The long arm of volcanos
16 January 2022
Yesterday erupted a volcano near the Tonga archipelago. The eruption was captured by satellite. The underwater eruption caused beside Tsunamis also pressure shockwaves that were recorded by meteorological stations worldwide. On the footage below, the pressure waves heading away from the eruption are well visible.
At SMEAR Estonia, we measure atmospheric pressure with 10Hz frequency and therefore the signal of the remains of the "atmospheric tsunamis" from the Tonga eruption were captured in Järvselja, Estonia.
Running a time series analysis of the data captured on 15th January revealed the effect of the volcano generated pressure anomaly at the SMEAR Estonia measurement station. We saw a multi-wave anomaly that took place from 8 pm to 9 pm.
The pressure anomaly had all together several waves that were recorded. Three mark the incoming pressure wave and another three or four transient oscillations after the pressure drop. The whole phenomenon is known as the "Doppler-effect", the sound that travels towards us will get higher frequecies, or pressure, and once it has passed the sound will drop to deeper frequencies. On the figure, we can see at least two well distinctive frequencies with approximately 10 minutes wavelengths (the darker purple colored markers) and about 15 minute wavelength (green markers). On the figure, the 10Hz original data are in blue and the smoothed data using a 2 minute running mean are in red color.
We were curious what would be the sound of the eruption if we could hear such low frequencies. So, we resampled the time series and when we got it to just about a second's (0.88 s) length, a short bump between the background noise is heard. Its saved to a wave form audio file and you can hear the roar of the volcano in Estonia.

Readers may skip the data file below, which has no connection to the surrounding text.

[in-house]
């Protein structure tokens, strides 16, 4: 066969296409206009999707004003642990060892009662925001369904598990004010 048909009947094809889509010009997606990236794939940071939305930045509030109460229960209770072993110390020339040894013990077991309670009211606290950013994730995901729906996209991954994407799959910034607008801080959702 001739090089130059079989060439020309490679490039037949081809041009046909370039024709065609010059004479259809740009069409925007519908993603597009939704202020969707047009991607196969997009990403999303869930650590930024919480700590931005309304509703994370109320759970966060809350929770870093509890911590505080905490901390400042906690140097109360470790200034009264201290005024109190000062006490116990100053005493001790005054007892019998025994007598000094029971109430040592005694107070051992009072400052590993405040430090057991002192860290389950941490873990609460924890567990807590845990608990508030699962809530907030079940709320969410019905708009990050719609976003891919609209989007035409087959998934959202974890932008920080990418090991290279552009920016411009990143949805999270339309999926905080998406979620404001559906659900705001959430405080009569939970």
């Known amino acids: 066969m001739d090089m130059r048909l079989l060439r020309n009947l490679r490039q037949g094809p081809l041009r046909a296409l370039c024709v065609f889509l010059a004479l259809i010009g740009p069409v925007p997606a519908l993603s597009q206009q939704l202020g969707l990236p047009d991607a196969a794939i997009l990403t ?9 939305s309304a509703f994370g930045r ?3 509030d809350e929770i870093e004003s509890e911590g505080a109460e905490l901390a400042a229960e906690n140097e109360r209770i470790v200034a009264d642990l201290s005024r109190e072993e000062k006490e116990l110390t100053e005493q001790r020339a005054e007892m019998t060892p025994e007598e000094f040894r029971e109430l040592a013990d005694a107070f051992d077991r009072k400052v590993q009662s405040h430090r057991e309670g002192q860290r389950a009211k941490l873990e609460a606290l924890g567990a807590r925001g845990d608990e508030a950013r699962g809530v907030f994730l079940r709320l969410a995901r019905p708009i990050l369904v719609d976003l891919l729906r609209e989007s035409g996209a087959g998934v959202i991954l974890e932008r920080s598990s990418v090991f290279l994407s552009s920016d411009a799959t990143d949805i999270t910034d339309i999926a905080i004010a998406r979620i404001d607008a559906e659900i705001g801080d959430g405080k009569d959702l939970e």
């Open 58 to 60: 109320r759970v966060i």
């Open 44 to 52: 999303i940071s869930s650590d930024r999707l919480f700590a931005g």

Reflecting pressure waves last long.
The pressure waves travel around the globe and meet, in the ideal case at the volcano's antipode location. This place is somewhere in the Saharan desert, see the location here in a blog entry from Martin Heimann. From there, they should come back. Indeed, we could also measure at SMEAR Estonia the reflection of the eruption pressure wave at about 4:30 on 16th January.
But, that's not all, the pressure waves bounce back and forth between the eruption site in Tonga and the antipode, south of the city of Tamanrasset in southern Algeria. Diego Aliaga tweeted a short footage that these waves move around the globe several days.
It is amazing that after 7 days the #Tonga #eruption shock wave continues to circle the planet (10 times!) and can still be detected in the infrared by geostationary satellites such as #GOES16 and #GOES17. @matplotlib @xarray_dev @Satellite_GOES pic.twitter.com/1dSYZMdlGT— diego aliaga (@diegoaliaga2) January 24, 2022
Steffen M. Noe